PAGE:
The Pennsylvania Supreme Court sided with 11 Catholic priests Monday, ruling that their names would not be listed in Pennsylvania’s grand jury report on sex abuse.
The priests’ June legal challenges to their inclusion among those listed in the report as being accused of abuse forced the court to release a version of the report in August with some information redacted. The court settled those legal challenges Monday, ruling 6 to 1 that the only way to preserve the priests’ reputation rights as enumerated in the state’s constitution was to keep their names out of the list. (RELATED: Pennsylvania Bishops Face Reckoning In The Wake Of Grand Jury Sex Abuse Report)
“We acknowledge that this outcome may be unsatisfying to the public and to victims of the abuse detailed in the report,” Justice Debra Todd wrote for the majority, according to The Associated Press.
Todd wrote that the procedures of the state’s Grand Jury Investigative Act constituted a “substantial risk” that the priests would be “irreparably and illegitimately impugned.”
The priests argued they had not been given an opportunity to answer or provide counter testimony to the accusations brought against them in the grand jury report, which they described as “false, misleading, incorrect and unsupported assertions.” The lack of opportunity to respond, they argued, constituted a breach of their state-guaranteed reputation rights.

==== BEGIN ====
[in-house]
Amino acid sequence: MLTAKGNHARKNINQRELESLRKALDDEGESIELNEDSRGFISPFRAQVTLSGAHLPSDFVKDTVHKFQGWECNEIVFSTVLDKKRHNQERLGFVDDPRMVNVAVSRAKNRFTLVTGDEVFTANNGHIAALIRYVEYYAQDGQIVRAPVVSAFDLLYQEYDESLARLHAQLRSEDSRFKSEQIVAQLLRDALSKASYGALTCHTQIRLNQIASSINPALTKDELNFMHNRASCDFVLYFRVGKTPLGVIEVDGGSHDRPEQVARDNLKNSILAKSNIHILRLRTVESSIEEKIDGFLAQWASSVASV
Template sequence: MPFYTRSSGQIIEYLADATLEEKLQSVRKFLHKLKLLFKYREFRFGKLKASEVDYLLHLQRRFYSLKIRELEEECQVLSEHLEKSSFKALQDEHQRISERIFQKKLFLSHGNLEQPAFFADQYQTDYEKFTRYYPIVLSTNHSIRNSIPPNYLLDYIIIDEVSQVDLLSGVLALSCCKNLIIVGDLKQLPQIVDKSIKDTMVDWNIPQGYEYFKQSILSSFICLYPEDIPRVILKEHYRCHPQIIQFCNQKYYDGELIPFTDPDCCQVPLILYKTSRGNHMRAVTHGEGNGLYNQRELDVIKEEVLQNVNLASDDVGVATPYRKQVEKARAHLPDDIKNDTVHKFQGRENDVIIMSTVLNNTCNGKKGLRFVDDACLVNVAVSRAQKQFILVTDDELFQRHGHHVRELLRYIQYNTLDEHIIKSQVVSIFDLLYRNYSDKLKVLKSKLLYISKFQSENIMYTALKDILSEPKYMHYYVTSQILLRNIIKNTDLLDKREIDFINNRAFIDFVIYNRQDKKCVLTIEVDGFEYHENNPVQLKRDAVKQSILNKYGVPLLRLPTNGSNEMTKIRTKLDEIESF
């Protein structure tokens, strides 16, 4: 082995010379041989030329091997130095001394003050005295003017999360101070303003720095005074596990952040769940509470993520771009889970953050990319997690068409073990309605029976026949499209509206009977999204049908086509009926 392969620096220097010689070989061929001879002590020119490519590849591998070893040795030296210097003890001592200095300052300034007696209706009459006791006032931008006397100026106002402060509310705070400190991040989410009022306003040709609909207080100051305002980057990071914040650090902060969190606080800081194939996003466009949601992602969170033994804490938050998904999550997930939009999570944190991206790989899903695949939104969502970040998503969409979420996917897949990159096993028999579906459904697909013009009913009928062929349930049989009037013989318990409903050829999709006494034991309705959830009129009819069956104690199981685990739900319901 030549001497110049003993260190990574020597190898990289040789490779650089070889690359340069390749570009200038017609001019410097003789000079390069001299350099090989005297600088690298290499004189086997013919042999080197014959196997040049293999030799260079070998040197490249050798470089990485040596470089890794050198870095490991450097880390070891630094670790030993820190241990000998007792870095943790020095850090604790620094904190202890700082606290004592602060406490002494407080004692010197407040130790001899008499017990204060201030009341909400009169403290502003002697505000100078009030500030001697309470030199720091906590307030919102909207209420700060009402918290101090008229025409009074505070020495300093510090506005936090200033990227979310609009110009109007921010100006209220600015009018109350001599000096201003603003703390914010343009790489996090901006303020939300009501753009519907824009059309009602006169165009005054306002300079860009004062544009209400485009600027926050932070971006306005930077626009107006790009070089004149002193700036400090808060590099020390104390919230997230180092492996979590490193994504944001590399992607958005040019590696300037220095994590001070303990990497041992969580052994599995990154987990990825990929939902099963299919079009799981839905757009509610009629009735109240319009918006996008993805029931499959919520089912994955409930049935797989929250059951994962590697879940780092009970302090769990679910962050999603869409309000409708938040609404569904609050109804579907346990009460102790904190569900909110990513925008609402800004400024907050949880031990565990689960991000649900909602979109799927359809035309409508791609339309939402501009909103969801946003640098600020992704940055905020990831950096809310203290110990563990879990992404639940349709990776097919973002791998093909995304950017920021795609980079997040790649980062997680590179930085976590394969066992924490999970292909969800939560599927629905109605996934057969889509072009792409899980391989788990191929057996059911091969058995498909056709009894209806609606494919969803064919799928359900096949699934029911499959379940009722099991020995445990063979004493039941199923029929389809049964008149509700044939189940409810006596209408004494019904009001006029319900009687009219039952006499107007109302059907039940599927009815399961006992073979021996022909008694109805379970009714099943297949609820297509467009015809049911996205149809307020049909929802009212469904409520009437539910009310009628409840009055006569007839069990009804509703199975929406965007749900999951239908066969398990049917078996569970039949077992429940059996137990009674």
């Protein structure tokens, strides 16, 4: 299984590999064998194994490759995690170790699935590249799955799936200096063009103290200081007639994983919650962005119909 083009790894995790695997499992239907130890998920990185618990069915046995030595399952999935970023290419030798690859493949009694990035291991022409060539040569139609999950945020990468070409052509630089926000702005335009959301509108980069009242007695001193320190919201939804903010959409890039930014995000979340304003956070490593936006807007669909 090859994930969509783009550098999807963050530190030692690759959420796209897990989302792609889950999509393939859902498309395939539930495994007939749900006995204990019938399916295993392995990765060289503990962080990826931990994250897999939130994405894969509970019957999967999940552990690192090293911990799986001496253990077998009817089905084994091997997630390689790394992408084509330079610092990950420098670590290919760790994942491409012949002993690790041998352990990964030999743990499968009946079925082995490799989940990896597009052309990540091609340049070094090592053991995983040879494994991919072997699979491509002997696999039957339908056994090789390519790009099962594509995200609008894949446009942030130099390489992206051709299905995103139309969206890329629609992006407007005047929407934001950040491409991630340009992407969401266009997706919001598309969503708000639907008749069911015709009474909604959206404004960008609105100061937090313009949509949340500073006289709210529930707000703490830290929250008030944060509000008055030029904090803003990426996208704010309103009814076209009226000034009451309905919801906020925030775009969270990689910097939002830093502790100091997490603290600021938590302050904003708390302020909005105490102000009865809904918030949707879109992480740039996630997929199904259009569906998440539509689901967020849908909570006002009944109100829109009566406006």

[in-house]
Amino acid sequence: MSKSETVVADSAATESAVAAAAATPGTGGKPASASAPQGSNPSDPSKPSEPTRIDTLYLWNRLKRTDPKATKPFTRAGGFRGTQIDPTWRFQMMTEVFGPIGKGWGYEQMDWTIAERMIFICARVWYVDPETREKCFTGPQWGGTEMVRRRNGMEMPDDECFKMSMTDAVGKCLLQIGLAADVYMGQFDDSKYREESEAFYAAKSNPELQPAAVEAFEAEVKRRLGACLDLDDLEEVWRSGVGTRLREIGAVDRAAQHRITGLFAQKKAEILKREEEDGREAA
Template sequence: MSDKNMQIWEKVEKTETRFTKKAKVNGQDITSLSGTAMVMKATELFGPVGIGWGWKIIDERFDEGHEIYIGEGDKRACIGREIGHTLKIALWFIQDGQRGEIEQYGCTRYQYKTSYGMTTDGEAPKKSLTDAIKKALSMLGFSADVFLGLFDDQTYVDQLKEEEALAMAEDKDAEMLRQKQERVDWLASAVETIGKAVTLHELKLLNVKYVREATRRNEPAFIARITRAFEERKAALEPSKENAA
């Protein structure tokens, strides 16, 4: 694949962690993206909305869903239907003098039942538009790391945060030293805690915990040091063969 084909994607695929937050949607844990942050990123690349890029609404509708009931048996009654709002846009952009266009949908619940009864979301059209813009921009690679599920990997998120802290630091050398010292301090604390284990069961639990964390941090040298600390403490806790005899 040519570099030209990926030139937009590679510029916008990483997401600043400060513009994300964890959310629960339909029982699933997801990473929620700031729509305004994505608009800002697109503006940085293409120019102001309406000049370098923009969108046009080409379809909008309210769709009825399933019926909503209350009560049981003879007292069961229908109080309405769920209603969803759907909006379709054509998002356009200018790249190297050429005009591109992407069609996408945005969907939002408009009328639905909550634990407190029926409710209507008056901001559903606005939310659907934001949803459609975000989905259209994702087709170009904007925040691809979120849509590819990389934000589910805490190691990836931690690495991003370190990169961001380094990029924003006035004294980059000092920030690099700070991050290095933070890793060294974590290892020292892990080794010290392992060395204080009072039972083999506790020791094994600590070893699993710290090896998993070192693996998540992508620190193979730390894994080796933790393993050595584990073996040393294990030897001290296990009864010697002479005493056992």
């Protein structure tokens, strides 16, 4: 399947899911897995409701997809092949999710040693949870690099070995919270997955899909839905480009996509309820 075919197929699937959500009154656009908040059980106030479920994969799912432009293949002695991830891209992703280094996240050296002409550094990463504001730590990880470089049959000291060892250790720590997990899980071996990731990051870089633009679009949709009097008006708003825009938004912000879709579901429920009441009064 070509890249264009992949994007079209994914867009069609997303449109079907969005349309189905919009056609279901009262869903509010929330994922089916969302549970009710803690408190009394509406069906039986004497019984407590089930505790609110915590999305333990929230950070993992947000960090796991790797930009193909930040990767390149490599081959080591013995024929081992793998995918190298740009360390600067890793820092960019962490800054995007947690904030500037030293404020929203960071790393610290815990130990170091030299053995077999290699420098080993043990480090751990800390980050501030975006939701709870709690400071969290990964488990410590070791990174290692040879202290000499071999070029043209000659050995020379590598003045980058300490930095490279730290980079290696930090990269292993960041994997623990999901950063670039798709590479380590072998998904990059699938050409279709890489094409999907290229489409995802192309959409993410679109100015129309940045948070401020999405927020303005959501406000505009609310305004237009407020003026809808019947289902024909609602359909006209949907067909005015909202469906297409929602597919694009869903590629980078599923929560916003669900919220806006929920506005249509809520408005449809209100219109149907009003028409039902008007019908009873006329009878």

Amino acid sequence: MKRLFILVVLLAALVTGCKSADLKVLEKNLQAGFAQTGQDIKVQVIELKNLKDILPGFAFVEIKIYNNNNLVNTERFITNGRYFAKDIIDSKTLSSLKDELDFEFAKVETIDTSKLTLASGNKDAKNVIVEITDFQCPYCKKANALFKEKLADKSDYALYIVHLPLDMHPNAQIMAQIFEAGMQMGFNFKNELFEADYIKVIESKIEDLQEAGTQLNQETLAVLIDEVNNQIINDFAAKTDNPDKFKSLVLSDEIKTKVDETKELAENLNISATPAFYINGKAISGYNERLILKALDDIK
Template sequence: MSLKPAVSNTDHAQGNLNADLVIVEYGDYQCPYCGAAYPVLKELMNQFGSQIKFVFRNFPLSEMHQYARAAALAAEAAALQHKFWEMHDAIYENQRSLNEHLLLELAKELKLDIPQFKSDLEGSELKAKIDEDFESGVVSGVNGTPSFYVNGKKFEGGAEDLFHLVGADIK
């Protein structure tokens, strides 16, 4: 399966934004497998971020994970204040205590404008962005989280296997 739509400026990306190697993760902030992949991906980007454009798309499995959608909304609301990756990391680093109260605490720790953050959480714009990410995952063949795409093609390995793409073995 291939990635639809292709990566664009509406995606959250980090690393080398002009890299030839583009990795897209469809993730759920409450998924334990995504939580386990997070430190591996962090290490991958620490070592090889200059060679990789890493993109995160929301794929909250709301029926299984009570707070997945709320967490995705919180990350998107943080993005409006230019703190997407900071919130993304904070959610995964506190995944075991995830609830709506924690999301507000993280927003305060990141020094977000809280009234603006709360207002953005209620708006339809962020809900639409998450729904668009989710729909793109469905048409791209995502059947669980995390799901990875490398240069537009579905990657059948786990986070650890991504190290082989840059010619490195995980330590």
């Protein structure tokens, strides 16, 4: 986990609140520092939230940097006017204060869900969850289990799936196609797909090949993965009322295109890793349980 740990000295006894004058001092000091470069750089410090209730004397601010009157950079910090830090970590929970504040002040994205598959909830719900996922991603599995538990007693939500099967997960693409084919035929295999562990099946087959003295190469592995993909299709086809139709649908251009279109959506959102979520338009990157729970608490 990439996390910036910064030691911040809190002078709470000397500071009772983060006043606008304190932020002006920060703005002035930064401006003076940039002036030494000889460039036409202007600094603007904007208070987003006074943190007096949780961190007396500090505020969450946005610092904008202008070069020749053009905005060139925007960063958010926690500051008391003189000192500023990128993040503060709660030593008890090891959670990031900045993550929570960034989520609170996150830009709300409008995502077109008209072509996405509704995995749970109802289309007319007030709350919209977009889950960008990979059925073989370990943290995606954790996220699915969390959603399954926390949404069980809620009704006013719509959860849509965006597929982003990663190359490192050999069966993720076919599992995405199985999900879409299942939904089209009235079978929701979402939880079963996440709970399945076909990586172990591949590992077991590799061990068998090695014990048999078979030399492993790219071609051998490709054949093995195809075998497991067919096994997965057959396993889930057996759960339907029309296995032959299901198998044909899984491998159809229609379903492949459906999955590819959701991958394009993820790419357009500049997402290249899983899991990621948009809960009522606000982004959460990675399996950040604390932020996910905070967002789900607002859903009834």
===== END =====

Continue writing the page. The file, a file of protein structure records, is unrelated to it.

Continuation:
“As a general matter, a private citizen singled out for targeted condemnation in a grand jury report must have what other jurisdictions provide: an opportunity to present exculpatory evidence to the grand jury, and a hearing before a neutral supervising judge,” a lawyer for the priests wrote in a September brief.
Pennsylvania Attorney General Josh Shapiro lambasted the ruling, and urged Catholic bishops to release the names of the 11 priests since the state is now prevented from doing so.
“Today’s order allows predator priests to remain in the shadows and permits the church to continue concealing their identities,” Shapiro said.
The lone dissenter, Chief Justice Thomas Saylor, argued that the priests should be granted a limited hearing before the judge who oversaw the investigative grand jury. Saylor suggested that the judge could then decide whether the priests could review and challenge the evidence used by the grand jury.
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